Edited by Akeem Favor
Around 30 postgraduate journalism students of Newcastle University used this event to take part in an international project with “International Women’s Day” as their focus. On Twitter and on their website, www.popupnewsuk.net, they posted news stories exploring women in society as part of the Pop-Up Newsroom project. The project connects students from universities and organisations in six different countries including India, Holland, Brazil, Armenia, USA and the UK. Newcastle University is so far the only university in the United Kingdom that takes part in the project.
This is the second time that Newcastle University participated in the project. The first edition took place in November 2013 with the topics of austerity, poverty, and deprivation and included universities from the USA, UK, Taiwan and India. By the end of the day, the #livepoverty edition had accumulated around 1/3 million impressions on Twitter and included interactions with organisations and people around the world including the United Nations.
The idea to create an international project was born when teachers from different countries met at a conference and noticed that each university already used Pop-Up as an opportunity for students to report about a topic, explained David Baines, senior lecturer at Newcastle University, journalist, and one of the professors involved with the project for the Newcastle University division.
The students use smartphones to record interviews, take photos, and post the progress of their stories on Twitter. During the day they develop their news pieces, write article or make videos according to the topic they have chosen.
“The project is a new concept of journalism and a valuable learning experience because they can report with the gadgets they already have,” said Baines.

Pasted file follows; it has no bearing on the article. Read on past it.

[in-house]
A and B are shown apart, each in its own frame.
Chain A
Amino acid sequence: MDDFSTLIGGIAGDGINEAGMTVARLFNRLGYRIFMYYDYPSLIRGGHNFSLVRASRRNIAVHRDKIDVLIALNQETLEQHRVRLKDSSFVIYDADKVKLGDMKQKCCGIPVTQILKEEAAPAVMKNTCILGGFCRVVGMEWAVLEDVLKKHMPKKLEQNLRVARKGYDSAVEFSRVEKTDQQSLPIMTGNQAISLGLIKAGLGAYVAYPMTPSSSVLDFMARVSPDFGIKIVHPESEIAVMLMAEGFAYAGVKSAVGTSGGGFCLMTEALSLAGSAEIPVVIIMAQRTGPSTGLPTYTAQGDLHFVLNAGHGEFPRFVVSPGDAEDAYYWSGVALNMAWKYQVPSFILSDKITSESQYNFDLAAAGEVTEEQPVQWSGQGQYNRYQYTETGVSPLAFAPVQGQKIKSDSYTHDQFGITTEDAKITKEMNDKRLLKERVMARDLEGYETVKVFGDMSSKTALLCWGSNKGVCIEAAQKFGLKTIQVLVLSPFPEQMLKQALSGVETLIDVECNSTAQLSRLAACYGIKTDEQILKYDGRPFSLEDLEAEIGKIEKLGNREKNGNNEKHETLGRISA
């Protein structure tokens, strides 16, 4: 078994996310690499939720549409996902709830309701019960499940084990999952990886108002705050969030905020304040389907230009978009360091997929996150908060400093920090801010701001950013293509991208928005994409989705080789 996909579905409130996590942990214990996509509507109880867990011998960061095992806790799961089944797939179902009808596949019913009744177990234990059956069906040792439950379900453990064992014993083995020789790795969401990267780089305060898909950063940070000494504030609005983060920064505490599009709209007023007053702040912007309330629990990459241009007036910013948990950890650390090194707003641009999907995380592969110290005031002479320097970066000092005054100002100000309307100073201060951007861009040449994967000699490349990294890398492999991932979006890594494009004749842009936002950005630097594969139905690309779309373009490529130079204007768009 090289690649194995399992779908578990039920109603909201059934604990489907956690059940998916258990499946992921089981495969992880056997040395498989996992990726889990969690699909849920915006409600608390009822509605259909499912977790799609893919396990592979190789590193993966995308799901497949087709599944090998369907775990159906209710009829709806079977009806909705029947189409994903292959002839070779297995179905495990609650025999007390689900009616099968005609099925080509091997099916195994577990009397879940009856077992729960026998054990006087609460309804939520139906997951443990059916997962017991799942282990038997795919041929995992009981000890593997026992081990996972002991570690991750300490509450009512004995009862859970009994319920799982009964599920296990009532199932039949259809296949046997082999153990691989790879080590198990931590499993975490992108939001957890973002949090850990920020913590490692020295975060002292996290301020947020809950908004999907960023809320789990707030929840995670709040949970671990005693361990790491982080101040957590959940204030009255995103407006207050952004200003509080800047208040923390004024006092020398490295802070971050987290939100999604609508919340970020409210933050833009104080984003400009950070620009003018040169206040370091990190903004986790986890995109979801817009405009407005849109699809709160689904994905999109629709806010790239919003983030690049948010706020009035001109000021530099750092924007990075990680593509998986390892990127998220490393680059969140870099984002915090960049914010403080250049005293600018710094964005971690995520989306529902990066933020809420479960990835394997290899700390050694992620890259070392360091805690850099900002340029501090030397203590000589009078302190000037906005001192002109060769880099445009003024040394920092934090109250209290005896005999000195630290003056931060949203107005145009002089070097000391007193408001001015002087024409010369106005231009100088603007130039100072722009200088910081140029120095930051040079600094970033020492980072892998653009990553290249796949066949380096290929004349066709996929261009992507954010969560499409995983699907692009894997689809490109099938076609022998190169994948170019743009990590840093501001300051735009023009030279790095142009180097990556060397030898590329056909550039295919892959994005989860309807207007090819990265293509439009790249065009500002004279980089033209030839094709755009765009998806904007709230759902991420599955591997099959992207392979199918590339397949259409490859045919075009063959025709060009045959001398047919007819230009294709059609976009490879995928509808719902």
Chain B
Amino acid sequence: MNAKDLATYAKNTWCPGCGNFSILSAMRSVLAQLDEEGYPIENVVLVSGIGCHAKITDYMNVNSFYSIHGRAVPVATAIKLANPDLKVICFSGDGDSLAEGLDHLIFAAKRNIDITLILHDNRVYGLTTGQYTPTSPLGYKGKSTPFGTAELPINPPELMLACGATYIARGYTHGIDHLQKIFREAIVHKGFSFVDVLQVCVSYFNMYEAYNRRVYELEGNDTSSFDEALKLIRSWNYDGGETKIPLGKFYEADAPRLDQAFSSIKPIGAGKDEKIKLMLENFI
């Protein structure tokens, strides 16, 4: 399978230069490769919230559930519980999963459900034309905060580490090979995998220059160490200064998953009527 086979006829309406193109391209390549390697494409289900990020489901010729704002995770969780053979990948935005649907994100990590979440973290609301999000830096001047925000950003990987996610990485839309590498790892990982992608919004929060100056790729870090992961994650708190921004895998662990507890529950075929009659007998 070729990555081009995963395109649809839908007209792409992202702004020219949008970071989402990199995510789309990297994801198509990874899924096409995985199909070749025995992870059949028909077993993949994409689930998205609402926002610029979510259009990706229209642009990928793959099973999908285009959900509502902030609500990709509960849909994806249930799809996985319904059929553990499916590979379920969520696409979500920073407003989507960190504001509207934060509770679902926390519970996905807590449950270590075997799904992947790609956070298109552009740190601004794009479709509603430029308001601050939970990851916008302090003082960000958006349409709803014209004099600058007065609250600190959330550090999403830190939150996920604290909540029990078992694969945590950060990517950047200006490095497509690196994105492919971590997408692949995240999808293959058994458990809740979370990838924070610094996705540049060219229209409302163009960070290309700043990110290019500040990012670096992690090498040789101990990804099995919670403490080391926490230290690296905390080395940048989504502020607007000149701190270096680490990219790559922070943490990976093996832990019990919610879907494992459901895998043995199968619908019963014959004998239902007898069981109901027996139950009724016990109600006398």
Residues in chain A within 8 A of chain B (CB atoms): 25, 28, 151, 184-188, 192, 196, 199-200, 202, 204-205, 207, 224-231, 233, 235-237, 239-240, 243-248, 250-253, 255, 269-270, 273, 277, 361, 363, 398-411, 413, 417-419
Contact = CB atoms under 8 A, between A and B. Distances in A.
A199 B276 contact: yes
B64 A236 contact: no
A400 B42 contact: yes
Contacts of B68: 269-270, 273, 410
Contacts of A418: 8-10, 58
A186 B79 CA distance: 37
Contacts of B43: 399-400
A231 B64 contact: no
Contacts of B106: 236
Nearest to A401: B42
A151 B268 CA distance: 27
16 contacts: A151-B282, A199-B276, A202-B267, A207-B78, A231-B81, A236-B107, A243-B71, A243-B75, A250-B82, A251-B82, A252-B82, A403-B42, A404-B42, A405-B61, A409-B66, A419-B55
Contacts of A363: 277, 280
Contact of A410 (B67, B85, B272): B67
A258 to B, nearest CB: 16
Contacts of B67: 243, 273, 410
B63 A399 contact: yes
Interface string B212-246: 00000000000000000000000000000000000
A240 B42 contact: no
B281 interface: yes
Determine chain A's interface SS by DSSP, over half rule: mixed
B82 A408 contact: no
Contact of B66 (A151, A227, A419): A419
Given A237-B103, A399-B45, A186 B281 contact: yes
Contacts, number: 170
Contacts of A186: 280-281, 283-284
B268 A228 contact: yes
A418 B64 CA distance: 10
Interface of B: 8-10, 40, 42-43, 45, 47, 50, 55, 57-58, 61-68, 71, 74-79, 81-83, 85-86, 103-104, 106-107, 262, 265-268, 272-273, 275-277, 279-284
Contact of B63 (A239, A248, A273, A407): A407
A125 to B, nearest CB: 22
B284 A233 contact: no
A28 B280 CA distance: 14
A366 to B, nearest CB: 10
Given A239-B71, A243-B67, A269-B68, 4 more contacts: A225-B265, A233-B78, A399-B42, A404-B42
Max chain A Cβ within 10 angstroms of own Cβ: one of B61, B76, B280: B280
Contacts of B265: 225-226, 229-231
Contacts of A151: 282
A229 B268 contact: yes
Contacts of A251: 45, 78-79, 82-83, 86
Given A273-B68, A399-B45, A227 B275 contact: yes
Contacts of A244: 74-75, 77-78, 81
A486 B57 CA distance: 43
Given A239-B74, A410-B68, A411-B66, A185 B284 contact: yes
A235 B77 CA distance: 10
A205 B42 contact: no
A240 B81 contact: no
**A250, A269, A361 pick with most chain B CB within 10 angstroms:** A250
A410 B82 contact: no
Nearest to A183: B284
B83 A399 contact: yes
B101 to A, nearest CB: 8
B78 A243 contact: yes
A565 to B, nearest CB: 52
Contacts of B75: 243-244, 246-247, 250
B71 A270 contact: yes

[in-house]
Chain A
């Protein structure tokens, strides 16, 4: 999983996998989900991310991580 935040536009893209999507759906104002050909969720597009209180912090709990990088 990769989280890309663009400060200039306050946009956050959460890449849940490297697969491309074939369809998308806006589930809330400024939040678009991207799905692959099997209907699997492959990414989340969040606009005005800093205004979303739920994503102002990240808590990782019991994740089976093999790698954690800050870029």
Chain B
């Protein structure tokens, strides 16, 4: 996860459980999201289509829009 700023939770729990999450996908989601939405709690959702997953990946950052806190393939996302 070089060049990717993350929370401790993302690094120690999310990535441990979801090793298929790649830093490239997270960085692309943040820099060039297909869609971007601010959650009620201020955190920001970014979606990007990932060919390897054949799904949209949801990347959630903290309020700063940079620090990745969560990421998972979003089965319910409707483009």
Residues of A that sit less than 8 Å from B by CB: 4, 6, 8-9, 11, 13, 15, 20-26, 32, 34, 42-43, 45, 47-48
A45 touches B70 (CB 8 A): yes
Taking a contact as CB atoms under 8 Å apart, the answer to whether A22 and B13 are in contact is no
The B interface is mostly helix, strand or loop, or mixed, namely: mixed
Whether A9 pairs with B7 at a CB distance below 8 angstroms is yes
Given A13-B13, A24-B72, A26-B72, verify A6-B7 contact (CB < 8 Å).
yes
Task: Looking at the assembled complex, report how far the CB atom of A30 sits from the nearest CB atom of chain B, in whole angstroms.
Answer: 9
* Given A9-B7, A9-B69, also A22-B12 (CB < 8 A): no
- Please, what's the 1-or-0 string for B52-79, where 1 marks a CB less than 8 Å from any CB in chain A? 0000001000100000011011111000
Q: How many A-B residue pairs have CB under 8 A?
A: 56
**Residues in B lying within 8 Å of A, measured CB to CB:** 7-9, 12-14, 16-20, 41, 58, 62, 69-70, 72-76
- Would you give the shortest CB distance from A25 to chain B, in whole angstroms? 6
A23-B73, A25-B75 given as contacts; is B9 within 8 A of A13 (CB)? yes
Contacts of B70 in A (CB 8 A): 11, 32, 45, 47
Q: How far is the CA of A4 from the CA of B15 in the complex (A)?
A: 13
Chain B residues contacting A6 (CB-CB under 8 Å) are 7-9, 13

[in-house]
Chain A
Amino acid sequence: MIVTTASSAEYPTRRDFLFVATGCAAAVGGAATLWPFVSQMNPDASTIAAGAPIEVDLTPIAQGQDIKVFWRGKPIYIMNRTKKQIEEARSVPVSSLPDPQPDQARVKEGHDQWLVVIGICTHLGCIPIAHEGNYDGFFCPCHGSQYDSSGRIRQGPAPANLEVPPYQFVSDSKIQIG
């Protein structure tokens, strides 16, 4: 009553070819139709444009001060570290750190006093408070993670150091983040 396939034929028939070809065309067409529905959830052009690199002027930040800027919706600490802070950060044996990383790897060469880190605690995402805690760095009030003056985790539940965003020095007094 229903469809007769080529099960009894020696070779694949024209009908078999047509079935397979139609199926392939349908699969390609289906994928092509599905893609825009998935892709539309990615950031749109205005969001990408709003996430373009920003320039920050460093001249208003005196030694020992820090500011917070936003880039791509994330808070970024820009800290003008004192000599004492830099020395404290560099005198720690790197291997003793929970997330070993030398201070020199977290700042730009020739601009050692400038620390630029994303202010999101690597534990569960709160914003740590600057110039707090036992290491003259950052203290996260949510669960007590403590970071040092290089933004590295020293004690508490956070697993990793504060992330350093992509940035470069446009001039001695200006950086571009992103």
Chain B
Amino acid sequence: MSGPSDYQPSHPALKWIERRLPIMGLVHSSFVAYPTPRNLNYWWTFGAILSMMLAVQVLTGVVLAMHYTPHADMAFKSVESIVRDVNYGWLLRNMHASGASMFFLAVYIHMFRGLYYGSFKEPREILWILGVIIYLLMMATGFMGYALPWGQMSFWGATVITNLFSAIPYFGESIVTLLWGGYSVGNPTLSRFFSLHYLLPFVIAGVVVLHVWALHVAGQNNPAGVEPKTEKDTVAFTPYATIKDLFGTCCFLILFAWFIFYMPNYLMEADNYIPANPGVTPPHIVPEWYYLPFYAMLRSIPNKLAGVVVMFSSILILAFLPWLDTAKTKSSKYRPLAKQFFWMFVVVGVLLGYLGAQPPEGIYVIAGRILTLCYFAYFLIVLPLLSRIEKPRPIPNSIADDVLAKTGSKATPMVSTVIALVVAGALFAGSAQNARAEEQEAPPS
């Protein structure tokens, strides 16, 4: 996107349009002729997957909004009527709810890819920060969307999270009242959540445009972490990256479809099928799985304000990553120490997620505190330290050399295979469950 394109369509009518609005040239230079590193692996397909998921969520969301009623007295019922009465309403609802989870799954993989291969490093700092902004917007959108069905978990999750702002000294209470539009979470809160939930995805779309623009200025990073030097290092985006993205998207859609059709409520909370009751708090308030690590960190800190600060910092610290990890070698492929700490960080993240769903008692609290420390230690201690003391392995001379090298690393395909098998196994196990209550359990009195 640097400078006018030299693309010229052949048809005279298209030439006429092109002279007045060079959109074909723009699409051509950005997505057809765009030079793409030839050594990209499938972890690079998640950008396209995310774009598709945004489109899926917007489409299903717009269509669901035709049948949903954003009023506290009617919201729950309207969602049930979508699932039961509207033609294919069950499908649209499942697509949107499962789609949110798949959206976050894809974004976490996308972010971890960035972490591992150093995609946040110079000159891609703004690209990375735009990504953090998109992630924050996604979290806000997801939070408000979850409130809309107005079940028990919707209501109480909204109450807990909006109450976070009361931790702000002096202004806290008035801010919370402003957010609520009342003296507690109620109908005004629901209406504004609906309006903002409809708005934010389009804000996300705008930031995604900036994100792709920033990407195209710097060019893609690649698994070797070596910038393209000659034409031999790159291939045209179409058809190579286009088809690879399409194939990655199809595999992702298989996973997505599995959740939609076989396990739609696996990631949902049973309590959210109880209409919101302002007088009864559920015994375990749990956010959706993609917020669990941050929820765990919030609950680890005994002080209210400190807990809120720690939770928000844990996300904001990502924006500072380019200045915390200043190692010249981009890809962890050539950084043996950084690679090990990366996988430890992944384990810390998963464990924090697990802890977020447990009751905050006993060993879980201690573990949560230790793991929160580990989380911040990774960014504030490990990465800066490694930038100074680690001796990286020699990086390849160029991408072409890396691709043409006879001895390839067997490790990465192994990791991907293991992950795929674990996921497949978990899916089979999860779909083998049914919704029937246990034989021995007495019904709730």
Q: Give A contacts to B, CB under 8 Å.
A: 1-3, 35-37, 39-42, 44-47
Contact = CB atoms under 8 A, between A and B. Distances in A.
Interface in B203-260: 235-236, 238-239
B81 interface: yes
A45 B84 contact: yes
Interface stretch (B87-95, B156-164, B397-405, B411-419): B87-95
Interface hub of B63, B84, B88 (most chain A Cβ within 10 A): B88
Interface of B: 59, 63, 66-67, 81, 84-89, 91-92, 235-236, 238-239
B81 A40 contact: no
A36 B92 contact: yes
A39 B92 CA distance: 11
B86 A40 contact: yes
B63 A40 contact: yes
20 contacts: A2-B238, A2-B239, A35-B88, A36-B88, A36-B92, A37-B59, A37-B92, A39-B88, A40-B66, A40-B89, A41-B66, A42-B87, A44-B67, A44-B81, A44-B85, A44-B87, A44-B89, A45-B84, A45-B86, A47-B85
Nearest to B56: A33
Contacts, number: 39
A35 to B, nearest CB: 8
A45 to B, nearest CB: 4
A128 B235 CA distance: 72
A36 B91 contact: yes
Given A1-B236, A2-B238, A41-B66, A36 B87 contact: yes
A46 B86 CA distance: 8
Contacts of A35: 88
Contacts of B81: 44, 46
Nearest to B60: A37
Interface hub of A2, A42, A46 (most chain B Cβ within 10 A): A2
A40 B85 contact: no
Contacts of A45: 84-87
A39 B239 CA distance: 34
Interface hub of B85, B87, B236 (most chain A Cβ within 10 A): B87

Baines also believes that the project is a great opportunity to learn and understand the complexity of journalism. He hopes to arrange at least one project for the university per year.
Another target of the project is to reach people all over the world and create awareness of women issues. Having the cooperation of different universities has the advantage that different perspectives can be shown and shared at the same time.
The students began working on the project two weeks in advance.
“The project helps us use the knowledge from lectures in practise,” said Yolanda Liu, an international master’s student from China studying at Newcastle University.
“Moreover you feel the pressure to finish a story in a limited amount of time.”
She considers the project as a great and challenging experience. She participated in the project both times.
“I love the project because it helps us forge contacts and improve our skills,” said Akeem Favor, another master’s student at Newcastle University.
Favor was a member of the steering committee that coordinated the efforts of the Newcastle University division of the project. For him this is his second time participating in the project; he also served on the steering committee last year. This time he was responsible for redesigning the UK division’s website.
During the day the students also ran a live show that broadcasted three times and updated the audience with Pop-Up News UK’s current stories. The show not only allowed some students the opportunity to present their research results, but to also focus on how International Woman’s Day was presented in the UK locally and globally.
Even in light of a few minor setbacks, the live show crew showed their dedication and perseverance.
“It’s hard to run a show like this, even if you planned weeks in advance. You can never avoid problems like external or technical issues,” said Carla Fitoiu, one of the live show organisers.
“Then you have to find another way to get a story, but that makes it challenging. The personal feeling is great because you get the impression of having accomplished much at the end of the day.”